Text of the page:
CAAF decided the Army case of United States v. Jones, __ M.J. __, No. 17-0608/AR (CAAFlog case page) (link to slip op.) on Tuesday, July 31, 2018. Applying the old corroboration rule (that was effective prior to this 2016 change), CAAF unanimously finds that sufficient independent evidence was admitted to corroborate a confession to larceny of military property, even after excluding the statement of a co-conspirator that the Army Government Appellate Division conceded was improperly admitted (and used as corroboration at trial). Because the confession was otherwise corroborated, the erroneous admission of the co-conspirator’s statement is harmless and the findings, sentence, and decision of the Army CCA are affirmed.
Judge Maggs writes for a unanimous court.
CAAF granted review of three issues that focused on the admission of the a co-conspirator’s statement:
I. Whether admission of an alleged co-conspirators confession to law enforcement violated M.R.E. 801(d)(2)(E).
II. Whether admission of the same confession violated Appellant’s Sixth Amendment right to confrontation.
III. Whether use of the confession to corroborate otherwise unsupported essential elements in Appellant’s own confession violated M.R.E. 304(g) and United States v. Adams, 74 M.J. 137 (C.A.A.F.).
Chief Warrant Officer (W2) Jones was convicted of two specifications of larceny of military property, by a general court-martial composed of a military judge alone, and was sentenced to confinement for 17 days, a reprimand, and to be dismissed. Jones was acquitted of a single specification of conspiracy to commit the charged larceny offenses.
In late 2013 and early 2014, Jones was a mobilized reservist deployed to Afghanistan where he “served as the officer in charge of his unit’s woodshop.” Slip op. at 3. Jones was convicted stealing tools from the woodshop and mailing them to his home in North Carolina (to use at the high school where he was a teacher in civilian life). Jones confessed those facts to Army investigators. But that confession alone was not enough to convict Jones, because a confession is inadmissible unless it is corroborated by independent evidence. See Mil. R. Evid. 304(c). See also our #10 Military Justice Story of 2015 (Confessions).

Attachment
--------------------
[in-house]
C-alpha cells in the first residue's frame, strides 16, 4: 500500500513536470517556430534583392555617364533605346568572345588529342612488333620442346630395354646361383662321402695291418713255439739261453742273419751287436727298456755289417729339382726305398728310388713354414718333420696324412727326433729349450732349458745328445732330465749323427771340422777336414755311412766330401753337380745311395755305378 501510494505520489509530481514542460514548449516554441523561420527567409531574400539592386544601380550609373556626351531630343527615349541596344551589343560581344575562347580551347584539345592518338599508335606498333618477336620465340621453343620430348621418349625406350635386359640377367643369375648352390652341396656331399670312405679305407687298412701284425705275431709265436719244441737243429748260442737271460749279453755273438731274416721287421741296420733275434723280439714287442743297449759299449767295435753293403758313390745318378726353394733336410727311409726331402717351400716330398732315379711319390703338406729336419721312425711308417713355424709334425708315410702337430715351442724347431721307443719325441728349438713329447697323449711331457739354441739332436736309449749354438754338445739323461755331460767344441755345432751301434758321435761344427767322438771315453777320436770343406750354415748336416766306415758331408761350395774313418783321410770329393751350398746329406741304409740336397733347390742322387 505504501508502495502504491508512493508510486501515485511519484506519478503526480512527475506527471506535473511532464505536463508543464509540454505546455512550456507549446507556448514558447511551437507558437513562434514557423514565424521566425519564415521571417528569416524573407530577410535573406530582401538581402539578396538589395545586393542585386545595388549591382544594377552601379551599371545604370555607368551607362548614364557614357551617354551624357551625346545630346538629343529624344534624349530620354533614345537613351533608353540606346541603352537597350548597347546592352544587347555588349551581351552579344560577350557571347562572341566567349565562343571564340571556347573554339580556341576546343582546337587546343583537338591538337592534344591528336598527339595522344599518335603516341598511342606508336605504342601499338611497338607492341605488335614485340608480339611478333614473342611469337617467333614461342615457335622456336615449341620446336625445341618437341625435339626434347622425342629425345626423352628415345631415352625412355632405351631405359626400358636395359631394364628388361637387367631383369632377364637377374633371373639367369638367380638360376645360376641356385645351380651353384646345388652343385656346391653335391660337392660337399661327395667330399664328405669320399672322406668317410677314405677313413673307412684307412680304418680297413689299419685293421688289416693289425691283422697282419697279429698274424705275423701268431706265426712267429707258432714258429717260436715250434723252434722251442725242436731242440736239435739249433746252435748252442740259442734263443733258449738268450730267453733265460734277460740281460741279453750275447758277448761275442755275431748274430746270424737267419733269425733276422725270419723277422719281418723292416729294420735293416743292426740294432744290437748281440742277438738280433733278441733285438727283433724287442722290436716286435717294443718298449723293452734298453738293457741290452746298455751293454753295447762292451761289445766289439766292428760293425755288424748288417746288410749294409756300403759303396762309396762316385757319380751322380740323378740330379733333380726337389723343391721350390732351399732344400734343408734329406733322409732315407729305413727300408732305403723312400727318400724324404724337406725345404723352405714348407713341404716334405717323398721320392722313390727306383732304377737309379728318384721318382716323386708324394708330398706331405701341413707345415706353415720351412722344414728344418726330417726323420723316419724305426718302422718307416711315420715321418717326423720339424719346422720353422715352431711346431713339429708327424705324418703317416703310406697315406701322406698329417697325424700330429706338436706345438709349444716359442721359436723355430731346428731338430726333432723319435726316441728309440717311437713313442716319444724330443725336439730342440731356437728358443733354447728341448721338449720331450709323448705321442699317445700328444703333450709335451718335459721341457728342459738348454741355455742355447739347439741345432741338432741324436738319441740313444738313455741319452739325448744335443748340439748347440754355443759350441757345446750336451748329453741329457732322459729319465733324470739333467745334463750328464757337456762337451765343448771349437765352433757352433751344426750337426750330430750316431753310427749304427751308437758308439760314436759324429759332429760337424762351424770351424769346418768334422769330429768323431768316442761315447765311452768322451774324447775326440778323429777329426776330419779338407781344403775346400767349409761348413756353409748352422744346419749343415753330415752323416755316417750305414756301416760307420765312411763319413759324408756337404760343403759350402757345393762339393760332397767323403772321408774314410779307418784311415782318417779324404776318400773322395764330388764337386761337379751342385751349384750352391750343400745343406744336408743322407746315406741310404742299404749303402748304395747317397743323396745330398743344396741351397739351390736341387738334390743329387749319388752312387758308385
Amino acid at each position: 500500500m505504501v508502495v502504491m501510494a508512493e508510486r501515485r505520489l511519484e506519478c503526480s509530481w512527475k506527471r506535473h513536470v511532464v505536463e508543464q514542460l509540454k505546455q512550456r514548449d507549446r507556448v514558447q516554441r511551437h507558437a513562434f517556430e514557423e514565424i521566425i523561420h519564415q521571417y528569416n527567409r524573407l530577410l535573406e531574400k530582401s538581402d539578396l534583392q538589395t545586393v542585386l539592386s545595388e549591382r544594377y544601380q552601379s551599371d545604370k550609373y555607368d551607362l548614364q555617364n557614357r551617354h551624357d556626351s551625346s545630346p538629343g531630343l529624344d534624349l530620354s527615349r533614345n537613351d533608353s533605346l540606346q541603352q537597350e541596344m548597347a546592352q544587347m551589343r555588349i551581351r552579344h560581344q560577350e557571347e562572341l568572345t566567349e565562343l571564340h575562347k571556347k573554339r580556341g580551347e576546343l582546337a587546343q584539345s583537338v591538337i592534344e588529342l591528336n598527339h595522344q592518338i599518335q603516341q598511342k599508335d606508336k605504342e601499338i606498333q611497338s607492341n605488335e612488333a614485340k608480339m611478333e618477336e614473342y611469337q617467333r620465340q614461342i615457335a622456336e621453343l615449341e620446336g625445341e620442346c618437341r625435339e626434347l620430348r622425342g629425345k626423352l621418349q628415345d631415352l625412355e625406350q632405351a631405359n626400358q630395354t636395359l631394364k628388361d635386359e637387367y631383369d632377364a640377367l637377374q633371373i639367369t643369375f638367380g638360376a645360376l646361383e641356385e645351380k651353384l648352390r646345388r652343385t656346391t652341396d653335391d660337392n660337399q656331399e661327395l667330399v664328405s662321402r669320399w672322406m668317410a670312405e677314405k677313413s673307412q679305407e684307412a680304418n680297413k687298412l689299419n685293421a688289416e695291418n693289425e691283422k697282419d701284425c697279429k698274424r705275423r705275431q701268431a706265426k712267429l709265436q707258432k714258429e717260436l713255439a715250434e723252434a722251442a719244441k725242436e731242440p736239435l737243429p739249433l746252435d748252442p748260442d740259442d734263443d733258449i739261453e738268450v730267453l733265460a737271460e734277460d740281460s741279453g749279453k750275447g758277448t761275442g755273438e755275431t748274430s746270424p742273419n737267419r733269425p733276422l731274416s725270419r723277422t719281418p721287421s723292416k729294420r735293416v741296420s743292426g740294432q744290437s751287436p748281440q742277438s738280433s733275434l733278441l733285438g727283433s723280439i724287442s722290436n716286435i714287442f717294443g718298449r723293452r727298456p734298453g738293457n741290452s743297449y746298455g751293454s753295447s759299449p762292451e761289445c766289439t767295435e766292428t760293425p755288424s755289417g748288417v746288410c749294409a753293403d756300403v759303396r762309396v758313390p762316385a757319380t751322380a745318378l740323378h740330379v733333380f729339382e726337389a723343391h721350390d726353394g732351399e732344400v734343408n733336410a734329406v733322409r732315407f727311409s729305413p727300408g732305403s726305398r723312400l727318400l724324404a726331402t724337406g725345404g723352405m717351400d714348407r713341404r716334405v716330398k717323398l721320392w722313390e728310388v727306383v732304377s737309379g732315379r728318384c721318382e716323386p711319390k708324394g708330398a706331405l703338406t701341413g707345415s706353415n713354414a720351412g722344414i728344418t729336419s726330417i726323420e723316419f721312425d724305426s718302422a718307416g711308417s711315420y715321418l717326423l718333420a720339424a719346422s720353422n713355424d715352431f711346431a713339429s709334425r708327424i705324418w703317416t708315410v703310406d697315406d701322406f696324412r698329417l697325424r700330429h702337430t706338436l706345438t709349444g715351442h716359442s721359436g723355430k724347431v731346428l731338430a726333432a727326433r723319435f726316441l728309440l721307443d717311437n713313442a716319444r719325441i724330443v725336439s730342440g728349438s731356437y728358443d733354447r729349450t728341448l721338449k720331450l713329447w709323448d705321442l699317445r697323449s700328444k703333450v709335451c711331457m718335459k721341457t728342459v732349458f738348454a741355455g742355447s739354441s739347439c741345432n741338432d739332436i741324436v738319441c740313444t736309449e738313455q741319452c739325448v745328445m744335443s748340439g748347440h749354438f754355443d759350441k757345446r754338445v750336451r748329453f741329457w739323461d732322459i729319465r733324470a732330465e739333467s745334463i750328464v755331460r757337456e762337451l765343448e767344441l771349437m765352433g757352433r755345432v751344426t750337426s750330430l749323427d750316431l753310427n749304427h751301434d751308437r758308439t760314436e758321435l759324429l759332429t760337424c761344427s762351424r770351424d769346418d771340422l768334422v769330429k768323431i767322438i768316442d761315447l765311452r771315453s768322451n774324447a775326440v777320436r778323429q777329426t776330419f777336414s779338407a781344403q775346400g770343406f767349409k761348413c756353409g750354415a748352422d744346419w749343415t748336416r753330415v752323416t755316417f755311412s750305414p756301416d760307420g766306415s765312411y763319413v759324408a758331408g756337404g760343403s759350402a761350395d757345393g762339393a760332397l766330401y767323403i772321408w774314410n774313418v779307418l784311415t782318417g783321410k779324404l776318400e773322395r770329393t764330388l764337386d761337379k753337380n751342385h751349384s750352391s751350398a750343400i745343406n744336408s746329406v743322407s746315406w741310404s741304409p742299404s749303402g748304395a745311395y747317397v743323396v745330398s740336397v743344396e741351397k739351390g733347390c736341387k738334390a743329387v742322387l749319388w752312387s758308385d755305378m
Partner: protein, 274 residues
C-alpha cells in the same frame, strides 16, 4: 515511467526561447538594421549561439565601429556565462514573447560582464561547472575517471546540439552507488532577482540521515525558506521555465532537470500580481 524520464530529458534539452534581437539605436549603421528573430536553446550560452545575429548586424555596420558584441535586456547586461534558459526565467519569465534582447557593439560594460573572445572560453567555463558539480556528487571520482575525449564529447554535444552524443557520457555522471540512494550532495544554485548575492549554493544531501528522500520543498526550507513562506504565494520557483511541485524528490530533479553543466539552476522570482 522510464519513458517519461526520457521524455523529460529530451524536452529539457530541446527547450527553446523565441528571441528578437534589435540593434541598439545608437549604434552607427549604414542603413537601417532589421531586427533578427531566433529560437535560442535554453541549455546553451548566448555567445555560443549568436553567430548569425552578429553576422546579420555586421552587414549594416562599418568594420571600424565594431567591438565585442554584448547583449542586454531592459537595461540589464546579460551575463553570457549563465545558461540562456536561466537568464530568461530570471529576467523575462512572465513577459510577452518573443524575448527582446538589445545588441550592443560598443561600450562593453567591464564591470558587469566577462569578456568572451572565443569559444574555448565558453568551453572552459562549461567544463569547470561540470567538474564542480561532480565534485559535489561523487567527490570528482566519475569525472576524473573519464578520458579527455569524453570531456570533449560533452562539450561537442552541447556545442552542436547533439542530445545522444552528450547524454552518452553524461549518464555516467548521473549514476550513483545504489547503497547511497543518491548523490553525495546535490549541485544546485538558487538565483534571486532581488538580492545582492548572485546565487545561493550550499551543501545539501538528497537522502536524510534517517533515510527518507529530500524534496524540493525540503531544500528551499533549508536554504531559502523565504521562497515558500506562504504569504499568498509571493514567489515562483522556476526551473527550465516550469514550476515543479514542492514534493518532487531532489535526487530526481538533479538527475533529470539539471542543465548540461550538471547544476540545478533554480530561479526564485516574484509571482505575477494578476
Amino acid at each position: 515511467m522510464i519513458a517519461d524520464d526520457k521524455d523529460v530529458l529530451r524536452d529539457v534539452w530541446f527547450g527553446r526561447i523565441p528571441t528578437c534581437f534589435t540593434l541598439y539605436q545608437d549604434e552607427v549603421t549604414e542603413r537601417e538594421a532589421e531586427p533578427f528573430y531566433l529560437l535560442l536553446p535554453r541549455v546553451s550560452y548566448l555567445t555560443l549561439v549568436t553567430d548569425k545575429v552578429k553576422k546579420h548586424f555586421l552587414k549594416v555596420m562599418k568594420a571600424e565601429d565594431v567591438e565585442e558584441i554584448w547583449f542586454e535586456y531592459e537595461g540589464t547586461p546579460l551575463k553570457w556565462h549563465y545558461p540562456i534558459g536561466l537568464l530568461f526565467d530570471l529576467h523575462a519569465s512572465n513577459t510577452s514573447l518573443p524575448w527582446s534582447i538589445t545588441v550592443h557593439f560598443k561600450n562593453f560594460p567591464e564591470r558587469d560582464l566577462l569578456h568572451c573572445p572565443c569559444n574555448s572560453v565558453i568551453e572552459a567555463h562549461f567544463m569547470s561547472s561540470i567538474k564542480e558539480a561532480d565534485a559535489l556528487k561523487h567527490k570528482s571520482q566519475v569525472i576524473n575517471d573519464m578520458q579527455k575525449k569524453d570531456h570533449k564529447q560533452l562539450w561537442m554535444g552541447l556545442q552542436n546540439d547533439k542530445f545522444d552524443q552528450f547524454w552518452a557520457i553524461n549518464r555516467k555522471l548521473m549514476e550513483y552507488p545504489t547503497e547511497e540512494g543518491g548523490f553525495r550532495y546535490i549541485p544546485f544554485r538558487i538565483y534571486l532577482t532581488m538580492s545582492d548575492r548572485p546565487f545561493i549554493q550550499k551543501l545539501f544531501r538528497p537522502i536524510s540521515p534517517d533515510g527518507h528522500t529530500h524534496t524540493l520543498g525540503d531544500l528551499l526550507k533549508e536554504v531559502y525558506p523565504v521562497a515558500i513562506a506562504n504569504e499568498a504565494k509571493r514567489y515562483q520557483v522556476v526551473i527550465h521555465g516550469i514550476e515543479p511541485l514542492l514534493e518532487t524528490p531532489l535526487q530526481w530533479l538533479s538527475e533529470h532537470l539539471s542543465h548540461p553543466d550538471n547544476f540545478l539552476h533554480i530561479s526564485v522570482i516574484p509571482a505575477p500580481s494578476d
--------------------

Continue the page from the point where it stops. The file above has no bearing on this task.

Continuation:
There was, however, an accomplice. Master Sergeant Addington participated in the acts, and he also confessed to military investigators. The prosecution offered that confession into evidence as a statement made by a co-conspirator during and in furtherance of the conspiracy. Such statements are not hearsay and are admissible under Mil. R. Evid. 801(d)(2)(E) (and the equivalent Fed. R. Evid. 801(d)(2)(E)). The defense objected but the military judge admitted Addington’s confession (providing ample corroboration for Jones’ confession) and Jones was convicted.
It’s pretty hard to defend the military judge’s decision to admit Addington’s confession to military investigators as a statement by a co-conspirator made during and in furtherance of the conspiracy, because confessing to the conspiracy is a pretty bad way to further it. Nevertheless, the Army court summarily affirmed Jones’ convictions. But after CAAF granted review, the Army Appellate Government Division conceded that the military judge was wrong to admit Addington’s confession. The Government Division maintained, however, that the military judge’s error was harmless because other evidence admitted at trial provided sufficient corroboration for Jones’ confession.
Today CAAF agreed. Writing for the unanimous court, Judge Maggs explains that: “We conclude that the military judge did not err in admitting Appellant’s statement. We further conclude that the military judge improperly admitted MSG Addington’s statement, but we find that the error was harmless beyond a reasonable doubt.” Slip op. at 2.
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